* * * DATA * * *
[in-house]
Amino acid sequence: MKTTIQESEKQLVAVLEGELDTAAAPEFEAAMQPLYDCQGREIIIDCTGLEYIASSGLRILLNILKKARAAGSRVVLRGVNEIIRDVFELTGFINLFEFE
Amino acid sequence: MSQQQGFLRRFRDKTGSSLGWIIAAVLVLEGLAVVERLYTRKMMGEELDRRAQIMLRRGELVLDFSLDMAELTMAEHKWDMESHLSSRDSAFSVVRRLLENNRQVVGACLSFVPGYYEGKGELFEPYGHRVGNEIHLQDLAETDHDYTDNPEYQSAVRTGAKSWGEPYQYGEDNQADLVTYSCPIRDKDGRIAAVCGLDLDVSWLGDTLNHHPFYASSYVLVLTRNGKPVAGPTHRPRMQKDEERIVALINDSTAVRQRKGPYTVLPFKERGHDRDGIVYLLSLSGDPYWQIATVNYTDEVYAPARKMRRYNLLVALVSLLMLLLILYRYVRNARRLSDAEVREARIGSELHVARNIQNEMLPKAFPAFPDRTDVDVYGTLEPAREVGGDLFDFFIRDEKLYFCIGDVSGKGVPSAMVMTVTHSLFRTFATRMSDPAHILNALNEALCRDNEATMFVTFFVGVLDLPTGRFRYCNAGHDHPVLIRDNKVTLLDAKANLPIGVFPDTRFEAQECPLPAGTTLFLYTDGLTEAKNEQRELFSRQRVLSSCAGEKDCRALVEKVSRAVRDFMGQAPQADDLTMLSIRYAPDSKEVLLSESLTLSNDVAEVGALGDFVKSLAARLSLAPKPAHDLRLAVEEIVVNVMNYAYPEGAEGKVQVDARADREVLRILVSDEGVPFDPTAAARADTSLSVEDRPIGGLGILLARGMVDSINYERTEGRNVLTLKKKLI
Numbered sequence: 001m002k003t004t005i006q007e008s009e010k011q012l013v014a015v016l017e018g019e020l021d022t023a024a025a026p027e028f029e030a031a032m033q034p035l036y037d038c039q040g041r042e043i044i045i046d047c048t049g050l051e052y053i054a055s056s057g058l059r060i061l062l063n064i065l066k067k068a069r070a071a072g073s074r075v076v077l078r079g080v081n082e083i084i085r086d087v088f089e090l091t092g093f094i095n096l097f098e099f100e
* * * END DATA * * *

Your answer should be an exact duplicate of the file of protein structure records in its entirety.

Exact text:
[in-house]
Amino acid sequence: MKTTIQESEKQLVAVLEGELDTAAAPEFEAAMQPLYDCQGREIIIDCTGLEYIASSGLRILLNILKKARAAGSRVVLRGVNEIIRDVFELTGFINLFEFE
Amino acid sequence: MSQQQGFLRRFRDKTGSSLGWIIAAVLVLEGLAVVERLYTRKMMGEELDRRAQIMLRRGELVLDFSLDMAELTMAEHKWDMESHLSSRDSAFSVVRRLLENNRQVVGACLSFVPGYYEGKGELFEPYGHRVGNEIHLQDLAETDHDYTDNPEYQSAVRTGAKSWGEPYQYGEDNQADLVTYSCPIRDKDGRIAAVCGLDLDVSWLGDTLNHHPFYASSYVLVLTRNGKPVAGPTHRPRMQKDEERIVALINDSTAVRQRKGPYTVLPFKERGHDRDGIVYLLSLSGDPYWQIATVNYTDEVYAPARKMRRYNLLVALVSLLMLLLILYRYVRNARRLSDAEVREARIGSELHVARNIQNEMLPKAFPAFPDRTDVDVYGTLEPAREVGGDLFDFFIRDEKLYFCIGDVSGKGVPSAMVMTVTHSLFRTFATRMSDPAHILNALNEALCRDNEATMFVTFFVGVLDLPTGRFRYCNAGHDHPVLIRDNKVTLLDAKANLPIGVFPDTRFEAQECPLPAGTTLFLYTDGLTEAKNEQRELFSRQRVLSSCAGEKDCRALVEKVSRAVRDFMGQAPQADDLTMLSIRYAPDSKEVLLSESLTLSNDVAEVGALGDFVKSLAARLSLAPKPAHDLRLAVEEIVVNVMNYAYPEGAEGKVQVDARADREVLRILVSDEGVPFDPTAAARADTSLSVEDRPIGGLGILLARGMVDSINYERTEGRNVLTLKKKLI
Numbered sequence: 001m002k003t004t005i006q007e008s009e010k011q012l013v014a015v016l017e018g019e020l021d022t023a024a025a026p027e028f029e030a031a032m033q034p035l036y037d038c039q040g041r042e043i044i045i046d047c048t049g050l051e052y053i054a055s056s057g058l059r060i061l062l063n064i065l066k067k068a069r070a071a072g073s074r075v076v077l078r079g080v081n082e083i084i085r086d087v088f089e090l091t092g093f094i095n096l097f098e099f100e